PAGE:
A Salter-Harris II fracture may be fixed with a lag screw through the metaphyseal (Thurstan Holland) fragment and the metaphysis of the proximal fragment, parallel to the physis.
If the metaphyseal fragment is large enough, two screws may be used.
The metaphyseal fragment is either posterior, posterolateral, or lateral.
If the metaphyseal fragment can be reduced easily, the screws can be inserted directly on the side of the metaphyseal fragment.
For a posterior Thurstan Holland pattern, the screws are typically inserted from anterior to posterior.
For a lateral fragment, the screws may be placed either from posteromedial or lateral anterior to the fibula.
If there is medial soft-tissue damage, lateral screw insertion is recommended.
A fibular fracture often reduces with reduction and fixation of the tibial fracture and does not require separate consideration.
If the alignment and stability of the fibular fracture are unsatisfactory after fixation of the tibial fracture, surgical treatment of the fibular fracture is also required.
If the distal tibial fracture is highly comminuted, fixation of the fibular fracture may add to overall stability.
The main treatment goals are:
Physeal fractures may be complicated by growth disturbance. To minimize the risk, reduction should be anatomical and conducted with minimal force.
If initial closed reduction is unsuccessful, this is usually due to periosteum entrapped in the fracture on the side that has failed in tension.
The initial incision is made on the side opposite to the metaphyseal fragment that remains attached to the epiphysis.
Appropriately sized cannulated or noncannulated lag screws (2.7, 3.5, or 4.0 mm) can be used.
The following equipment is used:
Place the patient in a supine position on a radiolucent table.
Put a bolster or triangle underneath the knee.
Reduction of distal tibial and fibular fractures may be difficult. Support from at least one assistant providing countertraction and stabilizing the proximal leg may be helpful.
With the knee flexed and stabilized, apply longitudinal traction through the foot.
Correct translation and angulation of the fracture and confirm reduction clinically and with an image intensifier if available.
A percutaneous K-wire or pointed reduction forceps may be required to hold the reduction while drilling and inserting the screw.
If the reduction is inadequate, this is often due to interposed periosteum and open reduction should be considered.
Perform a stab incision at the level of the planned screw insertion.
Spread the underlying soft tissues with blunt dissection and place a soft-tissue protector down to the bone.
Insert a lag screw in the chosen direction, aiming for the center of the metaphyseal fragment, in a standard manner.
If the metaphyseal fragment is sufficiently large, insert two screws.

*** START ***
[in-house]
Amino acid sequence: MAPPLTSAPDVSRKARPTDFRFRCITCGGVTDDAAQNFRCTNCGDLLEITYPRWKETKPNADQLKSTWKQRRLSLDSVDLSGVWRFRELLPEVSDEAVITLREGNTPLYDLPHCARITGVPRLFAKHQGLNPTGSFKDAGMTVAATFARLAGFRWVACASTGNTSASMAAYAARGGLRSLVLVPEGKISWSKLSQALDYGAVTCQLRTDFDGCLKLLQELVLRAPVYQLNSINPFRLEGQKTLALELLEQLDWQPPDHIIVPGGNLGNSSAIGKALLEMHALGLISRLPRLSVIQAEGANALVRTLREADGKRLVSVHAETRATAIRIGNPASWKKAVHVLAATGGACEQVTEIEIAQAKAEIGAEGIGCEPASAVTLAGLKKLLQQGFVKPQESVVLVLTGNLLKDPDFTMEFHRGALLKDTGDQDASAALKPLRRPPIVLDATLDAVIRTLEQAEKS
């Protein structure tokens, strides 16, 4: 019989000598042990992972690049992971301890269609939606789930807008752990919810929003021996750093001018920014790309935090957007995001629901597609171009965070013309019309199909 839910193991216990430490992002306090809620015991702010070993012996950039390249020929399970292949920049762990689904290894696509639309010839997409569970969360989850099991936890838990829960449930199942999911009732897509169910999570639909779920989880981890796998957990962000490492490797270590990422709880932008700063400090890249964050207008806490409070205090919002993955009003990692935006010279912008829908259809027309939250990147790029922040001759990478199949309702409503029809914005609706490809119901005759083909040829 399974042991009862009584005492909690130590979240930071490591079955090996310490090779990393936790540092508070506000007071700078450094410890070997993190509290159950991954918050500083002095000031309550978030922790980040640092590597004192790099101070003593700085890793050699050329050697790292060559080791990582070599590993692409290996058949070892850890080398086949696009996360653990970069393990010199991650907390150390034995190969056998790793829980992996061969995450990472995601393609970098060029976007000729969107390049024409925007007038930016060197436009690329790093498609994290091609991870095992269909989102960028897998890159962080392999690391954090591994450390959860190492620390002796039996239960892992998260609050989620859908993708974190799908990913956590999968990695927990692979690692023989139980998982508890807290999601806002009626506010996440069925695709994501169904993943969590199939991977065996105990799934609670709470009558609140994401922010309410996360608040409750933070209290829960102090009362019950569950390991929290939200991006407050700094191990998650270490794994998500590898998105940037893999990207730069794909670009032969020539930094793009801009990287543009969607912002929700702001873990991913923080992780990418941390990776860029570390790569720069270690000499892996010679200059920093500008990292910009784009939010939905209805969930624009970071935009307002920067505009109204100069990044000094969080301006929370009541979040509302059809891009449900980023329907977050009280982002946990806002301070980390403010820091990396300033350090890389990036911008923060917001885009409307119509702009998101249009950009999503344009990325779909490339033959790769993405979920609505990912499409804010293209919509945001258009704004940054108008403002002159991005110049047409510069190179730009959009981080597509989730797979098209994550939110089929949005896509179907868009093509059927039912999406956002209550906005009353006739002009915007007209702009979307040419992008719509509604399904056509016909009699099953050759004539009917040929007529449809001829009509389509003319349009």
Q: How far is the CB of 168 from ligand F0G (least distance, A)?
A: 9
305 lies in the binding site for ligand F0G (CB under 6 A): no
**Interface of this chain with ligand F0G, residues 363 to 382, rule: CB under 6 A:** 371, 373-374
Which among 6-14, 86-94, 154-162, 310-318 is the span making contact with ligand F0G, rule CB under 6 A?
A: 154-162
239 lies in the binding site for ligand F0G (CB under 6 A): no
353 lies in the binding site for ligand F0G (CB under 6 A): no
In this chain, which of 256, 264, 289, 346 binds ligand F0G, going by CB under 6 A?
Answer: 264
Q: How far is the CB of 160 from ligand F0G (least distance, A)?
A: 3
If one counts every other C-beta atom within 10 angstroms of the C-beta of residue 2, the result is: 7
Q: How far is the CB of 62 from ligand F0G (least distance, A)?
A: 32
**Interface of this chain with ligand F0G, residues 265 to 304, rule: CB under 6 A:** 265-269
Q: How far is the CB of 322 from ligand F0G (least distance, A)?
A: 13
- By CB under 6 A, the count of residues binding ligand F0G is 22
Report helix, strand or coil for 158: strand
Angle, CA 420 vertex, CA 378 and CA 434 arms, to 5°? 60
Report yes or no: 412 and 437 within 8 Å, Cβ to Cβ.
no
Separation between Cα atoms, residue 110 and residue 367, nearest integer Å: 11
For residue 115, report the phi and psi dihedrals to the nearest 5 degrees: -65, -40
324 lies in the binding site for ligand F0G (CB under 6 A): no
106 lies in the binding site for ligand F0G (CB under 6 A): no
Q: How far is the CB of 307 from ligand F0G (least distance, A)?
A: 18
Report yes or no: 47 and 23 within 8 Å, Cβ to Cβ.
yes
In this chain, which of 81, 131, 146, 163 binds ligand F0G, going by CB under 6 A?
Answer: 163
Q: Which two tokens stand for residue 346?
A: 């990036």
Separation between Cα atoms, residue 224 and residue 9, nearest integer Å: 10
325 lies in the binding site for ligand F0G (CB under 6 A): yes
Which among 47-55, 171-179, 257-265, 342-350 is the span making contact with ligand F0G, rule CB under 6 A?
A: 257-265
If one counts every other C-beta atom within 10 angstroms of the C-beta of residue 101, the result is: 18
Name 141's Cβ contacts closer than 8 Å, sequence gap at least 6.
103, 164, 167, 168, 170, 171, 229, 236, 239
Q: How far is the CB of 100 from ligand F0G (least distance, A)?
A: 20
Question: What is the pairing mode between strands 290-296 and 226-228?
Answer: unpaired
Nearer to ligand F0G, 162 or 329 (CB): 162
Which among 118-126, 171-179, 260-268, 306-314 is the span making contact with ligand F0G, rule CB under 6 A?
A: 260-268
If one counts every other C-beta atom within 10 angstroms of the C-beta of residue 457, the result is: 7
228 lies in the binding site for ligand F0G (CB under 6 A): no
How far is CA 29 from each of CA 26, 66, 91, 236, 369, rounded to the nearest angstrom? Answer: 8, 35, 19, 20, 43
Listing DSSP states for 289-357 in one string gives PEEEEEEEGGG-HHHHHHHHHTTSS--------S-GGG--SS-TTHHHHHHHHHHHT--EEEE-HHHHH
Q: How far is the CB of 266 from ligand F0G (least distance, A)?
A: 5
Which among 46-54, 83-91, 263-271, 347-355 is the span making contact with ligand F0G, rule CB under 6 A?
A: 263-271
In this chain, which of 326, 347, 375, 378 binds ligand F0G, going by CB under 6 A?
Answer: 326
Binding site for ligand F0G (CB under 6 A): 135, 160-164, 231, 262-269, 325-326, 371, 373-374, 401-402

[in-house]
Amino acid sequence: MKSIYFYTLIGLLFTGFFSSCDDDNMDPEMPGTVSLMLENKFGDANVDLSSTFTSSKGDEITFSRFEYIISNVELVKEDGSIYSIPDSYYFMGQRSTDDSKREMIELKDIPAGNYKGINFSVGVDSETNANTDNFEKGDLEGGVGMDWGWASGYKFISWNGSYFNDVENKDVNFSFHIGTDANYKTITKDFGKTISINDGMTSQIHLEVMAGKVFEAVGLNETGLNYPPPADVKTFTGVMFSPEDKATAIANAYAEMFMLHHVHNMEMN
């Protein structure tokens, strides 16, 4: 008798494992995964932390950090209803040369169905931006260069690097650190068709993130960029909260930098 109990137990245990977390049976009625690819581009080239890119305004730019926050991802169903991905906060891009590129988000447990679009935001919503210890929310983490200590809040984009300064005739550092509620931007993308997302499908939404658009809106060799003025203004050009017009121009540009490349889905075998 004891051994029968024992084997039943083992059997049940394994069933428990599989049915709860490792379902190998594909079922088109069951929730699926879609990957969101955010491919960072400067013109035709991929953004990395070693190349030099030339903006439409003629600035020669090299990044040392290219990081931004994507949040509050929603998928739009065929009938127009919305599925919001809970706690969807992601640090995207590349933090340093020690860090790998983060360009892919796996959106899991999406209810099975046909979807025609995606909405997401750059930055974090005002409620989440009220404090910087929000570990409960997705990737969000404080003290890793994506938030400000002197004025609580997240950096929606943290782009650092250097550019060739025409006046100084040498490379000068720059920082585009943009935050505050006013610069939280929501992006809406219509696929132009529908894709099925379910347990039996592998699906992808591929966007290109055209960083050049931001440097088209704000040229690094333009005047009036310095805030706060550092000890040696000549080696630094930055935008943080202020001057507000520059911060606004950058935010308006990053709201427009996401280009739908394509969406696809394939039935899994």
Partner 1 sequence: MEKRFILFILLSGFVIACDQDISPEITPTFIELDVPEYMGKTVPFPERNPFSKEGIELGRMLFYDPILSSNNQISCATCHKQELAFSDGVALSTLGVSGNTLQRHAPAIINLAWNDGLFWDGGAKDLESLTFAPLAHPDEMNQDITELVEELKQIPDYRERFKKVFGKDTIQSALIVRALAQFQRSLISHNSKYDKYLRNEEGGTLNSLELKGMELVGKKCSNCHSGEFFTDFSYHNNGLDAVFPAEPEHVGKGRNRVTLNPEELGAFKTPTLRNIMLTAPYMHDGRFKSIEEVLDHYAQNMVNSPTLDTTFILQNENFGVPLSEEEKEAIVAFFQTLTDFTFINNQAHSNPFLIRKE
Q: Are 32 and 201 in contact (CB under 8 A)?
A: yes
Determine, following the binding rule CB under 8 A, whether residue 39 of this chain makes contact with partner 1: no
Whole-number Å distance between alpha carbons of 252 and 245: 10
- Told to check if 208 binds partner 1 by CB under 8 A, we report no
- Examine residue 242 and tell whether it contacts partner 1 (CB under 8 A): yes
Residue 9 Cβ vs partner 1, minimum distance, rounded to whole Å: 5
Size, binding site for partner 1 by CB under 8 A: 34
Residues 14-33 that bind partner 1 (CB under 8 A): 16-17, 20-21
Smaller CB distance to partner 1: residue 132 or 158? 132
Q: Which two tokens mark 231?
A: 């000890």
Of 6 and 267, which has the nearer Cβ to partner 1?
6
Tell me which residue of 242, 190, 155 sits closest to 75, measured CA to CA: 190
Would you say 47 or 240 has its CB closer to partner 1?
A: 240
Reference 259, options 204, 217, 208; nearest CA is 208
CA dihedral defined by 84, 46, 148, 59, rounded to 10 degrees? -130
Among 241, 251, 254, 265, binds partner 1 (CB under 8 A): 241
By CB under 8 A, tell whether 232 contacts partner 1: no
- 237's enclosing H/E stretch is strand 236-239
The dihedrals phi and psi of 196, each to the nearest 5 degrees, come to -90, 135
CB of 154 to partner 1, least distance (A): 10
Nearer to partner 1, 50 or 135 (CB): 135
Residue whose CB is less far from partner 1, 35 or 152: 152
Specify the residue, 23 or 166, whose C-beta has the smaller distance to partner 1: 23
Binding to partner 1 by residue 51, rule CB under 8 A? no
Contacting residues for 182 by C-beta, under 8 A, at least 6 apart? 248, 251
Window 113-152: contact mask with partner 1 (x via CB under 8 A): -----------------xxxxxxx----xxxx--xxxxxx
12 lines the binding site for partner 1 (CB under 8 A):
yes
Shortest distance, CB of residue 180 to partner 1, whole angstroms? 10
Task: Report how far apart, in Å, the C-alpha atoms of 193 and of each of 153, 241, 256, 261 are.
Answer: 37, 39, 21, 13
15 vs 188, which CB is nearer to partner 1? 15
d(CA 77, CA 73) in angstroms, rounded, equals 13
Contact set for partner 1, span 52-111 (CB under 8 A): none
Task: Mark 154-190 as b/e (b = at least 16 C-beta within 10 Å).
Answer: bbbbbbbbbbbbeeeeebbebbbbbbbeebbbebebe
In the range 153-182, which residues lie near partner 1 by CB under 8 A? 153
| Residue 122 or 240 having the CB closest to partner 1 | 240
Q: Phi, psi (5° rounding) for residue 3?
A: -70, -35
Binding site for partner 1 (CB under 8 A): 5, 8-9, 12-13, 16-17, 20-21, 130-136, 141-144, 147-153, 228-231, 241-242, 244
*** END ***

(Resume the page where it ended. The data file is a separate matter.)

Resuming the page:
Confirm reduction, fracture stability, and screw placement with an image intensifier.
Close the incision.
Most fibular fractures do not require treatment. Indications for fixation include:
The type of fracture pattern dictates the method of fixation of the fibular fracture.
In a younger child, these fractures may be fixed with K-wires in a standard manner. Multiple passes of the K-wire through the physis should be avoided.
In an older patient with a closing physis, these fractures may require plate fixation.
If screws are inserted on both sides of the physis, compression should be avoided and the periosteum and perichondral ring not be disturbed. To protect the perichondral ring, a dissector or elevator may be used to offset the plate during screw insertion. The plate should be removed soon after the fracture has healed.
Recheck the fracture alignment and implant position clinically and with an image intensifier before anesthesia is reversed.
Confirm stability of the fixation by moving the ankle through a range of dorsi/plantar flexion.
A molded below-knee cast or fixed ankle boot is recommended for a period of 2–6 weeks as the strength of fixation may not provide sufficient stability for unrestricted weight bearing.
Weight-bearing is encouraged.
Older children may be able to use crutches or a walker.
Younger children may require a period of bed rest followed by mobilization in a wheelchair.
Patients tend to be more comfortable if the limb is splinted.
Routine pain medication is prescribed for 3–5 days after surgery.
The patient should be examined frequently to exclude neurovascular compromise or evolving compartment syndrome.
Discharge follows local practice and is usually possible within 48 hours.
The first clinical and radiological follow-up is usually undertaken 5–7 days after surgery to check the wound and confirm that reduction has been maintained.
A cast or boot can be removed 2–6 weeks after injury.
After cast removal, graduated weight-bearing is usually possible.
Patients are encouraged to start range-of-motion exercises. Physiotherapy supervision may be required in some cases but is not mandatory.
Sports and activities that involve running and jumping are not recommended until full recovery of local symptoms.
Implant removal is not mandatory and requires a risk-benefit discussion with patient and carers.
All patients with distal tibial physeal fractures should have continued clinical and radiological follow-up to identify signs of growth disturbance.
Compare alignment and length clinically with the uninjured leg.
A Harris growth arrest line, parallel to the physis, is radiological evidence of continuation of normal growth.
Parallel Harris growth arrest line in the distal tibia of a 10-year-old patient, 6 months after injury (right image) excluding a physeal injury
Growth disturbance (convergent Harris growth arrest lines) of an open Salter-Harris II fracture of the distal tibia in a 10-year-old patient, 6 months after injury